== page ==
Coho salmon have returned to California’s Russian River to spawn. Unfortunately, the endangered fish are often mistaken for hatchery steelhead trout by anglers — both hatchery-released species are similar in size and have a clipped adipose fin — and are kept when pulled from the water.”  (LATimesBlog)


Silver’s: Last Week It was Amazing….This Week, Ugh


Yes, yes last week the river was choked with silvers  and a few steelhead. The water was perfect and the fished rolled on the surface. It was an enticing enough story, from my son, that I thought why not. I will try again to catch a silver on a fly. Don’t ask me why, but I have had little success over the years  enticing coho to a fly in the frog waters of Fall. But, it was a sunny and hot afternoon, so I thought just go and wait for the shadows on the water and find a head of a drift with some flowing water and perhaps you can swing one through enough times to entice a hit.
My son, Tony and I headed out. Him still moving slow from a serious infection in his foot and me almost over a late Summer bug. It was, as I said, hot and as we boulder hopped upstream my ankles felt stiff and my balance tentative. I felt a bit dazed. I looked upstream to the intended water..right above Stella’s Drift, and it looked promising as the sun had already moved over the ridge casting the water into the shade. The river’s color was good and there was some flow to it allowing for a drift.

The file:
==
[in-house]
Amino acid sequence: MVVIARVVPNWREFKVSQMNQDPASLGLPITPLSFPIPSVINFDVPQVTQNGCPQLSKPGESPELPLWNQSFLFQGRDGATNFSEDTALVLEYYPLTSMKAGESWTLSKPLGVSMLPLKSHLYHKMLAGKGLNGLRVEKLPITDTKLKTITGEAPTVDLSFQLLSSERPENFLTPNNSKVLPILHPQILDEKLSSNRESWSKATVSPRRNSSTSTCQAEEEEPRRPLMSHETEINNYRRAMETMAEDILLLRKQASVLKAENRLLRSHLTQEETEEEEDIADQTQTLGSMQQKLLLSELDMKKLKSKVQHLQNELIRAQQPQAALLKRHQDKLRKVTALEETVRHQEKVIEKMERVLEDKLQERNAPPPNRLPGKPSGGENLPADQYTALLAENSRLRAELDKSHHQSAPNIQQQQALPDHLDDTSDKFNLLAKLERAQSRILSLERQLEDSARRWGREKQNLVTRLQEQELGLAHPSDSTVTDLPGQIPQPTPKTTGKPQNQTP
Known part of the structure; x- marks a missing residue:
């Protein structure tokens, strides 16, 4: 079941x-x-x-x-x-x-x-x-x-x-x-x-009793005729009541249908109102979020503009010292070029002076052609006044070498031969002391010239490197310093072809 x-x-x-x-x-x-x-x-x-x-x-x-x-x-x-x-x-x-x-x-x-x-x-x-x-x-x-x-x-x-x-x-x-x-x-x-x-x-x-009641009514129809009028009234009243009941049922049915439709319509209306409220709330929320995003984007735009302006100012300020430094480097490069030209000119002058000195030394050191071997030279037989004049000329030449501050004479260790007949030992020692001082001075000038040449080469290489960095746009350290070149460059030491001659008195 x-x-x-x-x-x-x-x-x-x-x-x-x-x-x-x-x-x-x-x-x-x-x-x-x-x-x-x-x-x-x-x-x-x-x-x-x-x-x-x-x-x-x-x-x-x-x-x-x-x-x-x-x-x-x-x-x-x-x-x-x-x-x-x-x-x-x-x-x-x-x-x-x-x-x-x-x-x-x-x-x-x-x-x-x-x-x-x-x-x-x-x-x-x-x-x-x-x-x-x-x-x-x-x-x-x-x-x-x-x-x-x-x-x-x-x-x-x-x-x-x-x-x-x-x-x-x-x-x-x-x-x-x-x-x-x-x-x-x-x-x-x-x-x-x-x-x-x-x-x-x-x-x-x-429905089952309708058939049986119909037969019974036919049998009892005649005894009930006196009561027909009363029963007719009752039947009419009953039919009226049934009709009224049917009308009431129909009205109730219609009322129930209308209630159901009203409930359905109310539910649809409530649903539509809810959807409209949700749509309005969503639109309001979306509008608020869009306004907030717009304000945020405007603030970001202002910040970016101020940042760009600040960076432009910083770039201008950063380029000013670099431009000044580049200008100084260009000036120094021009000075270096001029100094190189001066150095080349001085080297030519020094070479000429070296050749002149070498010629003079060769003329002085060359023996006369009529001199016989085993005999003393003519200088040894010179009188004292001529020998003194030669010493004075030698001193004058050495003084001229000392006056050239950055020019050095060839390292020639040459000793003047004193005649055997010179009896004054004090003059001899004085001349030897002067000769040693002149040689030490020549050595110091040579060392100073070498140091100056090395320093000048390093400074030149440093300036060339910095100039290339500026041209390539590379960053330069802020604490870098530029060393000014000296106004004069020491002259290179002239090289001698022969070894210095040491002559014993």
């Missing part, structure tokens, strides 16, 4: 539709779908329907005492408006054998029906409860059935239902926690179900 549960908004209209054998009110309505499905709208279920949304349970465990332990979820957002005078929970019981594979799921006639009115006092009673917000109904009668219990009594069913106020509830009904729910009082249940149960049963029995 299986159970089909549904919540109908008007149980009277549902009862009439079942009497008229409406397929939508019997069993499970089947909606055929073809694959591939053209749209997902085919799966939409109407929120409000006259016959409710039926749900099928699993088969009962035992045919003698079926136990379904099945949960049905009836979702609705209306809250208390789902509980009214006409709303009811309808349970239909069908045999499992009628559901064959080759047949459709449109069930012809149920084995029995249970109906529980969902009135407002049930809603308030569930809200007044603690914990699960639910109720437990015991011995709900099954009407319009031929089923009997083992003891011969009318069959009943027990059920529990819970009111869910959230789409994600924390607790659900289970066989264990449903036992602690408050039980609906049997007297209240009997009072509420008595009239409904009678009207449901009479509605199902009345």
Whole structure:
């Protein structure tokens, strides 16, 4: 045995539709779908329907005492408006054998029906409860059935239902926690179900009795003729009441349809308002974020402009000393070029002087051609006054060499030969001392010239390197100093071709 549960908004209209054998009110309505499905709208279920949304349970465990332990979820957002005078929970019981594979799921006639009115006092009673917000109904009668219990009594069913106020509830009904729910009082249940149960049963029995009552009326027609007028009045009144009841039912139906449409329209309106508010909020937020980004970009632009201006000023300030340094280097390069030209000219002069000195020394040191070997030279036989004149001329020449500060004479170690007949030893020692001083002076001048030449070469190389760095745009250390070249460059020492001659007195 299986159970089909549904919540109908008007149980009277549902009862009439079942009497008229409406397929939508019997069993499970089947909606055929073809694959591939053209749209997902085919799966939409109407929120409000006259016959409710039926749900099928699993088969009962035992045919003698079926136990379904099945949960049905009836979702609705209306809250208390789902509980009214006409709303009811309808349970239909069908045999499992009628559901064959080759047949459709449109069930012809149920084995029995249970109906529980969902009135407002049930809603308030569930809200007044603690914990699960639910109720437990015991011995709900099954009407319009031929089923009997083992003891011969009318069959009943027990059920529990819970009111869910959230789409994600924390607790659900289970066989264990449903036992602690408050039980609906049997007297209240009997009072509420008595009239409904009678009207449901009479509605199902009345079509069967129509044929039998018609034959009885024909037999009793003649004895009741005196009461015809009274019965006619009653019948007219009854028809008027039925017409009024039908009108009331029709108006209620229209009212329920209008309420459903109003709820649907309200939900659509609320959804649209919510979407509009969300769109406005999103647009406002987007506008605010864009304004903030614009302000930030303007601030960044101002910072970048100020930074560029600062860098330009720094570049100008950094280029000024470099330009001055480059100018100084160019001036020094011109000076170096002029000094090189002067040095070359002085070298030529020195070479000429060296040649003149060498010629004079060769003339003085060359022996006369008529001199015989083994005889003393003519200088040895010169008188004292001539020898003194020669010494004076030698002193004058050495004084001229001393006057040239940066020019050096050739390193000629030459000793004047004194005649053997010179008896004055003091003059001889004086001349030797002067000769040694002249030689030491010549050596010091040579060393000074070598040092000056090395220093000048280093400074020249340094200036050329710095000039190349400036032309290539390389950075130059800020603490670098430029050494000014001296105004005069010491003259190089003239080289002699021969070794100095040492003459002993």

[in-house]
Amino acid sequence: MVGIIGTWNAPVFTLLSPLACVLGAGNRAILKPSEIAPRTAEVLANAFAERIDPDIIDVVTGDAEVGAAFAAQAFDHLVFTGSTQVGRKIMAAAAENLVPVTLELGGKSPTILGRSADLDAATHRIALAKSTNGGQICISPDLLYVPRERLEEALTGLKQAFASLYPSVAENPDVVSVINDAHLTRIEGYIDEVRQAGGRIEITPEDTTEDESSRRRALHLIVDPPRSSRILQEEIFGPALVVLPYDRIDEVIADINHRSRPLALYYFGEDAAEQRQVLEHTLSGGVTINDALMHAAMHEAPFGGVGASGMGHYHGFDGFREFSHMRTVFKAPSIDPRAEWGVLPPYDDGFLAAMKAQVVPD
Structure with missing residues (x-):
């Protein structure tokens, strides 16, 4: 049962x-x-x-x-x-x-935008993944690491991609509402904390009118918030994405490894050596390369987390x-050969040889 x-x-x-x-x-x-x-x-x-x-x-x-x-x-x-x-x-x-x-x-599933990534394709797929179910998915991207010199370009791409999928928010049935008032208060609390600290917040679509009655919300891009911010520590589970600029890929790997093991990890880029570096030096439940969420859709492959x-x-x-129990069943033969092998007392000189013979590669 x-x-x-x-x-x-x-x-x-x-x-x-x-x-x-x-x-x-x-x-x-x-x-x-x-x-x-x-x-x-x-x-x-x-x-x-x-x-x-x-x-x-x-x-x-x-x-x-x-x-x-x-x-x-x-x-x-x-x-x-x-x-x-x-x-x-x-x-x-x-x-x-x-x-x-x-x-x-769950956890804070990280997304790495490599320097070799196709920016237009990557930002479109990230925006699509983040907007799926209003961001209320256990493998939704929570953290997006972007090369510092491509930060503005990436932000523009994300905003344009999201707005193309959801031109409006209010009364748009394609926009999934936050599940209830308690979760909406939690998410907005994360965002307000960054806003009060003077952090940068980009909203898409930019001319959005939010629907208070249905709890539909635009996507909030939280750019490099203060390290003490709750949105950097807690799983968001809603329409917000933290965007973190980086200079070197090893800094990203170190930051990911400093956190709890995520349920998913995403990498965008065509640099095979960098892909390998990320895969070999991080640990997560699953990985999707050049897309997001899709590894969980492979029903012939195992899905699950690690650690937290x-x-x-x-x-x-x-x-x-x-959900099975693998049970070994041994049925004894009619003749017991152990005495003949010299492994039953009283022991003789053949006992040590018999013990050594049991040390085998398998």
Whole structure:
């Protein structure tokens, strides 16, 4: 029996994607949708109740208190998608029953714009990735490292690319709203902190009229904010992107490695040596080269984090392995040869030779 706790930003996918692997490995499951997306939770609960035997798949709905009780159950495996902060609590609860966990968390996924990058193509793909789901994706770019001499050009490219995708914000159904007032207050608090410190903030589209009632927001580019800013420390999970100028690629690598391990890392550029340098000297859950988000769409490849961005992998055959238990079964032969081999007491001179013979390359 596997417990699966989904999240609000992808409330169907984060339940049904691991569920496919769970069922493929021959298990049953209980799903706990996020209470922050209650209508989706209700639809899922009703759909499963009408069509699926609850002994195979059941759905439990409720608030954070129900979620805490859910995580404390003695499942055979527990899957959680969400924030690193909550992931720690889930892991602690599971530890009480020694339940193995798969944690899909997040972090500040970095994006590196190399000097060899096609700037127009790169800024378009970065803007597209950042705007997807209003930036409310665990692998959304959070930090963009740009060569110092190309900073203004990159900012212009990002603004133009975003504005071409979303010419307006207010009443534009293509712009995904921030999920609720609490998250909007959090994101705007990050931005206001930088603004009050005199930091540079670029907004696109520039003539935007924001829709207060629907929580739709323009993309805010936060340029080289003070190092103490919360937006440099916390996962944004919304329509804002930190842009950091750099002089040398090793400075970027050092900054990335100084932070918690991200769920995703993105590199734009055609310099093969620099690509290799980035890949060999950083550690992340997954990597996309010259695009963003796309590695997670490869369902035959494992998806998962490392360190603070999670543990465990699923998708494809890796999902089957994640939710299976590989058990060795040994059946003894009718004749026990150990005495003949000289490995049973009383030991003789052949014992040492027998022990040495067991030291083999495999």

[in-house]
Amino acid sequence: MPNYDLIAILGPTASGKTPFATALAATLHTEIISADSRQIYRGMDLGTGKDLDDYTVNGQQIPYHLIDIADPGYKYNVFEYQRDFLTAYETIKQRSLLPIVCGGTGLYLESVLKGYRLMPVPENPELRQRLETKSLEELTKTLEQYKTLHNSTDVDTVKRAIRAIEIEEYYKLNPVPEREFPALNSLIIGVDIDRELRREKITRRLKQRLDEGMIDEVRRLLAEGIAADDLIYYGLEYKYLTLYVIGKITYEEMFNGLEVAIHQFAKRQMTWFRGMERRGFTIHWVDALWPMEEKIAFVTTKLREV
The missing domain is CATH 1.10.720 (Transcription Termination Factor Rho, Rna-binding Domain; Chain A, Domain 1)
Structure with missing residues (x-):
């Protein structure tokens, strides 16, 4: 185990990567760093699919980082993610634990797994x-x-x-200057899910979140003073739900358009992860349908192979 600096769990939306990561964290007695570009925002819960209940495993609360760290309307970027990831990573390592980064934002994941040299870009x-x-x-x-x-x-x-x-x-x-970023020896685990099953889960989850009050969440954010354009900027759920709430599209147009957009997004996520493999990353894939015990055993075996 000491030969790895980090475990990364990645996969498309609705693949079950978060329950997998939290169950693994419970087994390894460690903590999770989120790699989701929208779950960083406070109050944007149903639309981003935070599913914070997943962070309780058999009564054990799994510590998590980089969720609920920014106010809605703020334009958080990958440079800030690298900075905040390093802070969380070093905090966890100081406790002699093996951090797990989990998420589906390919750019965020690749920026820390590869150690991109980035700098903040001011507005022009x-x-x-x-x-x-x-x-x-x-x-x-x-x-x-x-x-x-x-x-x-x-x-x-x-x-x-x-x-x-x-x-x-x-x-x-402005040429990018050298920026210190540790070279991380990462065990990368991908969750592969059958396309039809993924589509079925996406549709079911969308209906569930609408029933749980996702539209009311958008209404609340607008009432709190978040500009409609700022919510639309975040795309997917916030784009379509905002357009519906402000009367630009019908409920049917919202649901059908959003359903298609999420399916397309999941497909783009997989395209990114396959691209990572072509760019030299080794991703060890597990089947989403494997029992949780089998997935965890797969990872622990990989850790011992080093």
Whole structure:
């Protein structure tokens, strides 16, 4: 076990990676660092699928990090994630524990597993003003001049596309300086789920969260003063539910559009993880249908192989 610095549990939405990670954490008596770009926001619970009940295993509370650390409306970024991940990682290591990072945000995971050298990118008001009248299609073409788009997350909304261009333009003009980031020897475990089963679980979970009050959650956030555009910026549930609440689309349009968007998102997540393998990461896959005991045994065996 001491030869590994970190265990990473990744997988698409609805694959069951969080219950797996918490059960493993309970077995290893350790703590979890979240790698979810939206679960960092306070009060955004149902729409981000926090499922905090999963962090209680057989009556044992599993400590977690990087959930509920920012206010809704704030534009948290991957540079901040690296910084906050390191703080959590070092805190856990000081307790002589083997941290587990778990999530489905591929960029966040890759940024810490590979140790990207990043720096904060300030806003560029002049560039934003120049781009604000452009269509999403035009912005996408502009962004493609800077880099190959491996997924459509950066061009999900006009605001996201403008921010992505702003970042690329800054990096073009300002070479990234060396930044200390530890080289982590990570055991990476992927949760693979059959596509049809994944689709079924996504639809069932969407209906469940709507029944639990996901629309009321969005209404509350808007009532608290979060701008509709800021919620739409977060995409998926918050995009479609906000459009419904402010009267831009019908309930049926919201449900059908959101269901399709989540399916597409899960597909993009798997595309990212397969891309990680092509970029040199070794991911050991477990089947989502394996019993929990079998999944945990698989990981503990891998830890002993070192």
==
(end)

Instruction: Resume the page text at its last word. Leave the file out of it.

We arrived to the likely spot and we dropped the gear and grabbed a level boulder. First mistake, neither one of us felt up to wearing the Simms so we were bank bound and distance bound. Not so much Tony as he can cast and he had a floating line on. Me..why did I only bring a 200 grain line? AND, why or how did I mismatch a 10 wt. to the line. Wear was my 8 wt.?  For the time I fished, I felt like I was waving a short broom stick with a string. The rod did not load for me and roll casts were frustratingly ineffective, even with only 20′ of line out past the tip. I moved the line through the drift ok, when I was fortunate enough to get the line out to the target…but the drift was slow enough that the inevitable hangups ensued and break offs. Ugh! And, I was not really over that bug. I sat down…I never sit down. I watched the water and noticed not one fish rolling. AND the obvious indicator not another fisher within a half mile. We were below the fish…not early…but rather bringing up the rear. Forgot our headlamps, so hiked out early. Actually, pretty early as I tired of waving the broomstick and string and it just wasn’t happening. Not a very auspicious way to end Summer, and I still have not perfected a Silver to a fly. By the time we made it back to the rig, Tony’s ankel was swollen and I was gassed. Should have stayed in the recliner fantasizing. Well, a Deschutes trip looms with Matt McCrary, so that will provide me something to help forget this trip.       
Stella's Drift~Sandy R.

Stella's Drift~Sandy River